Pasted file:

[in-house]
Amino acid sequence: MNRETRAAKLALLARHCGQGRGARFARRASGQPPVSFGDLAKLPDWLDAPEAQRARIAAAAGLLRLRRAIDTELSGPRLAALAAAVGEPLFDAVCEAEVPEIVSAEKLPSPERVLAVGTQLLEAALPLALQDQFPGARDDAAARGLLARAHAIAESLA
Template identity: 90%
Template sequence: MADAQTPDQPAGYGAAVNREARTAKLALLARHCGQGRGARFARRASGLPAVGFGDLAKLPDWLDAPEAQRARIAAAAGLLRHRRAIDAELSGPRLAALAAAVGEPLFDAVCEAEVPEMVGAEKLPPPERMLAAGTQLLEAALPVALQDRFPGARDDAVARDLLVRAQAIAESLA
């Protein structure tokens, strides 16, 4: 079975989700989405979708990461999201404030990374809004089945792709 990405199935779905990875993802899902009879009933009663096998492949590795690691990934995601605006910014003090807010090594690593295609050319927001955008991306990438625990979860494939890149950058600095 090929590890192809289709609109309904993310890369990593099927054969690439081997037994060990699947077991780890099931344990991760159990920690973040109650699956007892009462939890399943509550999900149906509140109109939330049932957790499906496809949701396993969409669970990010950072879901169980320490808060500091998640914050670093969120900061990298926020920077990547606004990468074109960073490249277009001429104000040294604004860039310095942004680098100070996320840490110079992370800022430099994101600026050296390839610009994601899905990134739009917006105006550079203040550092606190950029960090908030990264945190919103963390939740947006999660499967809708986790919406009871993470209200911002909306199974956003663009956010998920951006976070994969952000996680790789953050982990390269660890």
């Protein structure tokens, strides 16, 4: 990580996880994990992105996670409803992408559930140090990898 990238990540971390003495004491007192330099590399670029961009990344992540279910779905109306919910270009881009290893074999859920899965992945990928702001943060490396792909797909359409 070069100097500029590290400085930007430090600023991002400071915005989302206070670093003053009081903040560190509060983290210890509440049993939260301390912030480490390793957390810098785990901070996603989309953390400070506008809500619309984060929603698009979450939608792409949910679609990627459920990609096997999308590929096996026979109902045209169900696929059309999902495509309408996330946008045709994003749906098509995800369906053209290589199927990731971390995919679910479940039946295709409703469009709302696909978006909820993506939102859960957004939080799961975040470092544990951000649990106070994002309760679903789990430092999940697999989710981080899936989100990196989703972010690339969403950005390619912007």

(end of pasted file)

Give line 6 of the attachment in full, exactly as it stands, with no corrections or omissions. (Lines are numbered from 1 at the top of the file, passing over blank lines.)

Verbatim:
């Protein structure tokens, strides 16, 4: 990580996880994990992105996670409803992408559930140090990898 990238990540971390003495004491007192330099590399670029961009990344992540279910779905109306919910270009881009290893074999859920899965992945990928702001943060490396792909797909359409 070069100097500029590290400085930007430090600023991002400071915005989302206070670093003053009081903040560190509060983290210890509440049993939260301390912030480490390793957390810098785990901070996603989309953390400070506008809500619309984060929603698009979450939608792409949910679609990627459920990609096997999308590929096996026979109902045209169900696929059309999902495509309408996330946008045709994003749906098509995800369906053209290589199927990731971390995919679910479940039946295709409703469009709302696909978006909820993506939102859960957004939080799961975040470092544990951000649990106070994002309760679903789990430092999940697999989710981080899936989100990196989703972010690339969403950005390619912007």